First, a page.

The rights of immigrants throughout the country enjoyed a significant win recently. Several federal judges in Chicago and Philadelphia ruled that the Trump administration's orders to cut funding to so-called "sanctuary cities" is unconstitutional breathing some life into the fight of many cities and counties who refuse or limit cooperation with the Department of Justice (DOJ) or Immigration and Customs Enforcement (ICE).
Before a visa is awarded to an immigrant wishing to come to the United States, it's commonplace for an interview to have to take place with an official at one of the American embassies or consulates beforehand.
If you're planning to immigrate to the United States, it's important for you to understand that there may be some delays. For instance, if your paperwork is delayed by an unusually high amount of applications, it could take longer than expected to receive information on whether or not you've received a visa. Keep that in mind if you need to apply for a renewal, since you could be arrested if your visa runs out while you're waiting for the renewal to come.
Here in Georgia, we see local conflicts playing out around immigration issues, and those conflicts often mirror the larger immigrations conflicts going on in the political world throughout the country. While some parties want to comply with the President Trump's emphasis on restricting immigration and enforcing immigration laws to their full extent, many others do not see immigration enforcement as an issue that Georgia law enforcement should deal with much at all.
Decatur recently took a huge step forward in protecting the rights and privileges of immigrants who may face deportation under the new immigration guidelines laid out by the Trump administration. The city manager signed off on a policy directed at Decatur law enforcement, instructing officers that they may not detain or arrest, or even transport any person if they would only do so because of a detaining order from U.S. Immigration and Customs Enforcement (ICE).
Immigrants in sanctuary cities around the country were arrested in by the hundreds this week by federal Immigration and Customs Enforcement (ICE) agents on orders from the Trump administration.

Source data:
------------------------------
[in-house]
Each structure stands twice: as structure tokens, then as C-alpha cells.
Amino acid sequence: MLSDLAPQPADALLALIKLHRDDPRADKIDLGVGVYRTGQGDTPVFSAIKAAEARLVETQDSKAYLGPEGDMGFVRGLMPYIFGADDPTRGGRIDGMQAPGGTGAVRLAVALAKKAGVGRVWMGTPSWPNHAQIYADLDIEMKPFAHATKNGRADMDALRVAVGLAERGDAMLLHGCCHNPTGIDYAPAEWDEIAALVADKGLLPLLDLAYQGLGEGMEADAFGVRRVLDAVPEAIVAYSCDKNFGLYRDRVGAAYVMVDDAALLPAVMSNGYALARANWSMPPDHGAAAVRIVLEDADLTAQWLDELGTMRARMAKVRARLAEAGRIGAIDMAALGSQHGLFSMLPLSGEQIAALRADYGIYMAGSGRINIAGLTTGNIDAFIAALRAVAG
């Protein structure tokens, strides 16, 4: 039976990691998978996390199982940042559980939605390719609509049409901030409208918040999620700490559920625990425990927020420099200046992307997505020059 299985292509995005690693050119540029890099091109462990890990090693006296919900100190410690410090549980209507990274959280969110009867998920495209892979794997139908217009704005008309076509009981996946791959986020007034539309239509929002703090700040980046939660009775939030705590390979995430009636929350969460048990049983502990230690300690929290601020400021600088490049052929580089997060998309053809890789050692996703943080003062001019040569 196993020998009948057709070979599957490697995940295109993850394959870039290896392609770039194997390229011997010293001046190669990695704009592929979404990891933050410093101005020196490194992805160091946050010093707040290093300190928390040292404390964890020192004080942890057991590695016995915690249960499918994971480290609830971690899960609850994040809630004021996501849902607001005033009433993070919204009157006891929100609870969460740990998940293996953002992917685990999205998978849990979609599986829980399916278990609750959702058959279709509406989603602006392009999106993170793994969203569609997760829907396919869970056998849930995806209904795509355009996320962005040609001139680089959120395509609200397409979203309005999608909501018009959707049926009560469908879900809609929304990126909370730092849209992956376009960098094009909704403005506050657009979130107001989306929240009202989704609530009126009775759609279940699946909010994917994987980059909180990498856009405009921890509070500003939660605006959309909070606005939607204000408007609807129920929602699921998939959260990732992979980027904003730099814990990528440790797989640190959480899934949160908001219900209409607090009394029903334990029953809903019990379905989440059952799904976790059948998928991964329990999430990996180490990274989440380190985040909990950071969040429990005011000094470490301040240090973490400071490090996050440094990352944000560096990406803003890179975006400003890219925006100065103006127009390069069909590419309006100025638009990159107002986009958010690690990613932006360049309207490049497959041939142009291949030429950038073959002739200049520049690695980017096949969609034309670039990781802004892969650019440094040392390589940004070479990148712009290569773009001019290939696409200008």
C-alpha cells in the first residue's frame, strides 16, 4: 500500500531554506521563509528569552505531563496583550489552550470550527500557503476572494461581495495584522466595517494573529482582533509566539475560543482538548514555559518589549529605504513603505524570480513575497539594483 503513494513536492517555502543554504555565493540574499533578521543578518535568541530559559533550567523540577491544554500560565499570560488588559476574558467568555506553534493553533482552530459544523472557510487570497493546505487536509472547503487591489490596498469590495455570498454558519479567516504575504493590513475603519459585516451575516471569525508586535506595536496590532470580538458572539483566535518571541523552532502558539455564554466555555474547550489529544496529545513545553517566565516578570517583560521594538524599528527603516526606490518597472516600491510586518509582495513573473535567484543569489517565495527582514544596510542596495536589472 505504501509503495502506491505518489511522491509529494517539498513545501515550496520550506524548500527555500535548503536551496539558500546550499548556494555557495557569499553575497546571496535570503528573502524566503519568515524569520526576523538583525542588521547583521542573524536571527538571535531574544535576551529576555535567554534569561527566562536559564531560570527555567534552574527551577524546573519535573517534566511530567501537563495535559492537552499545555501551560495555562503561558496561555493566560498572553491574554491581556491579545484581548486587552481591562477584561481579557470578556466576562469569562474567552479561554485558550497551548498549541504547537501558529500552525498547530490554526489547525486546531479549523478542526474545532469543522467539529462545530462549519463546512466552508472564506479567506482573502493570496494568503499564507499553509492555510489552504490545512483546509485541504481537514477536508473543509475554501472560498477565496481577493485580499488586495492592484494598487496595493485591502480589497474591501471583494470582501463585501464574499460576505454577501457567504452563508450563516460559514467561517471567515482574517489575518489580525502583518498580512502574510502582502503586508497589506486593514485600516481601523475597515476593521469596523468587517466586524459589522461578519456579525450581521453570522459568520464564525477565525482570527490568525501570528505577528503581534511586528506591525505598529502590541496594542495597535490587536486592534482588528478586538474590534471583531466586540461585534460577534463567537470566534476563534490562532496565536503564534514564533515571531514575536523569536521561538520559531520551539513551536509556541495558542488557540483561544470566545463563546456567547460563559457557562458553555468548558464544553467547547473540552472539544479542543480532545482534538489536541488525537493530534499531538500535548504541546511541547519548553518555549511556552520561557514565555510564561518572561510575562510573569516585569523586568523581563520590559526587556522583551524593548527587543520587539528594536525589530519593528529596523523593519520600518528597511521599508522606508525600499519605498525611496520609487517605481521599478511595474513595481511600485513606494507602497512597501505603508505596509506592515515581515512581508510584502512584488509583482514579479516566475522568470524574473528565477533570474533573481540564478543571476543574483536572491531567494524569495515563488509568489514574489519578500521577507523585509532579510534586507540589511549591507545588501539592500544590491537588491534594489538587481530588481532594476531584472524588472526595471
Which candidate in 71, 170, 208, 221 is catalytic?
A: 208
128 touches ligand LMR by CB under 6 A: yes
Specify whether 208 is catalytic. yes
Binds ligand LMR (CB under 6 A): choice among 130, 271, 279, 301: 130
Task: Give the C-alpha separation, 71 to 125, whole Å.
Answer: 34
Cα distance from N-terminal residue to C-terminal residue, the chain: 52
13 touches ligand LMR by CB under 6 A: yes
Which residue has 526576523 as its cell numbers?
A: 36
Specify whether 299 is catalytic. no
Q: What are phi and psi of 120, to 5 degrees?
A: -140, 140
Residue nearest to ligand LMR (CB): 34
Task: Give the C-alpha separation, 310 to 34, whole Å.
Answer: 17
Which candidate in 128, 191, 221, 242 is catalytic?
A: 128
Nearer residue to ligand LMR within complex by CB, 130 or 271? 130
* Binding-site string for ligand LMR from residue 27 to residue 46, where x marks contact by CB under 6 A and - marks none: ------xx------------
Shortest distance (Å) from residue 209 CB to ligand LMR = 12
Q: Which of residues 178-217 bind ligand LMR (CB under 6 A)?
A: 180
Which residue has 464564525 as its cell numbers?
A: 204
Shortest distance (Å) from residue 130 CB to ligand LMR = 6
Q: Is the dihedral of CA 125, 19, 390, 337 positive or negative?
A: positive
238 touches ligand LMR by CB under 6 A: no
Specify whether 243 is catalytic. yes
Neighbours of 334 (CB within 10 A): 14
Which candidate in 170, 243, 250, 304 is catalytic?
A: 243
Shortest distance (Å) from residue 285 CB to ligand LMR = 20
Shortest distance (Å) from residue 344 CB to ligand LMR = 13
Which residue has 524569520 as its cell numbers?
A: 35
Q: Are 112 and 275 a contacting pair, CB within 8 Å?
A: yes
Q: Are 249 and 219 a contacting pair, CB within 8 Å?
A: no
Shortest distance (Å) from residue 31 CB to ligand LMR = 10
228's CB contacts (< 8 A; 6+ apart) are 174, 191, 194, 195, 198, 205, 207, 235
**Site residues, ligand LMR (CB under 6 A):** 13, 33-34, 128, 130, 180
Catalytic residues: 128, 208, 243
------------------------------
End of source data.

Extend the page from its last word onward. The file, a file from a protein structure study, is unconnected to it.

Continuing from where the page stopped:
For undocumented immigrants, the number of places that are safe spaces in America is growing smaller. During the Obama administration, law enforcement abided by policies that kept them from arresting undocumented individuals in certain locations deemed sensitive locations, such as churches, hospitals, and schools, unless special circumstances justified doing so.
Many immigrant communities in Georgia and throughout the country are frightened at the moment, as news that President Trump is setting wheels in motion to discontinue the Deferred Action for Childhood Arrivals (DACA) program. This is very reasonable concern, as reports of troubling action by law enforcement agencies continue to be reported.
For many immigrant families throughout the country, the Deferred Action for Childhood Arrivals (DACA) program is an essential part of keeping their children safe and furthering educational and vocational opportunities. Under the program, undocumented immigrants under the age of 30 who came to America as children can apply for deportation deferrals every two years, provided that they continue to meet the requirements to qualify for the deferrals.
The F4 visa, also known as the Family Fourth Preference Immigrant Visa, allows the non-American siblings of United States citizens to lawfully come into the country. It allows them to bring their children and spouse into the country as well.